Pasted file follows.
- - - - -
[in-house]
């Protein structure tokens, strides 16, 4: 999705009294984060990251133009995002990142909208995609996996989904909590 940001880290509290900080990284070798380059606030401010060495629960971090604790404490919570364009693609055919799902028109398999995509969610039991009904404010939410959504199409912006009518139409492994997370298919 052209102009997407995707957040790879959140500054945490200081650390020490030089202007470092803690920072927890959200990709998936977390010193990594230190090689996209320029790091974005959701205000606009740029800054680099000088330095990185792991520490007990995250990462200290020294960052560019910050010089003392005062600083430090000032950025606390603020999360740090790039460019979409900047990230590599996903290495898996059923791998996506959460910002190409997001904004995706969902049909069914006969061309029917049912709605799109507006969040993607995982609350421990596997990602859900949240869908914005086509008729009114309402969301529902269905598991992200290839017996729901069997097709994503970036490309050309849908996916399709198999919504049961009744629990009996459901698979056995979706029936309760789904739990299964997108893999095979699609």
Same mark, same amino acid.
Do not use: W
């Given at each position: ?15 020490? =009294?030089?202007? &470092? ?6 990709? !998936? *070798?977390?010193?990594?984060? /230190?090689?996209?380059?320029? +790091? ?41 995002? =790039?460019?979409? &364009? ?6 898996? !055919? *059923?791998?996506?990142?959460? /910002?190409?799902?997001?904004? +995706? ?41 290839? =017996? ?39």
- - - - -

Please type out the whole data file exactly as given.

[in-house]
């Protein structure tokens, strides 16, 4: 999705009294984060990251133009995002990142909208995609996996989904909590 940001880290509290900080990284070798380059606030401010060495629960971090604790404490919570364009693609055919799902028109398999995509969610039991009904404010939410959504199409912006009518139409492994997370298919 052209102009997407995707957040790879959140500054945490200081650390020490030089202007470092803690920072927890959200990709998936977390010193990594230190090689996209320029790091974005959701205000606009740029800054680099000088330095990185792991520490007990995250990462200290020294960052560019910050010089003392005062600083430090000032950025606390603020999360740090790039460019979409900047990230590599996903290495898996059923791998996506959460910002190409997001904004995706969902049909069914006969061309029917049912709605799109507006969040993607995982609350421990596997990602859900949240869908914005086509008729009114309402969301529902269905598991992200290839017996729901069997097709994503970036490309050309849908996916399709198999919504049961009744629990009996459901698979056995979706029936309760789904739990299964997108893999095979699609």
Same mark, same amino acid.
Do not use: W
């Given at each position: ?15 020490? =009294?030089?202007? &470092? ?6 990709? !998936? *070798?977390?010193?990594?984060? /230190?090689?996209?380059?320029? +790091? ?41 995002? =790039?460019?979409? &364009? ?6 898996? !055919? *059923?791998?996506?990142?959460? /910002?190409?799902?997001?904004? +995706? ?41 290839? =017996? ?39």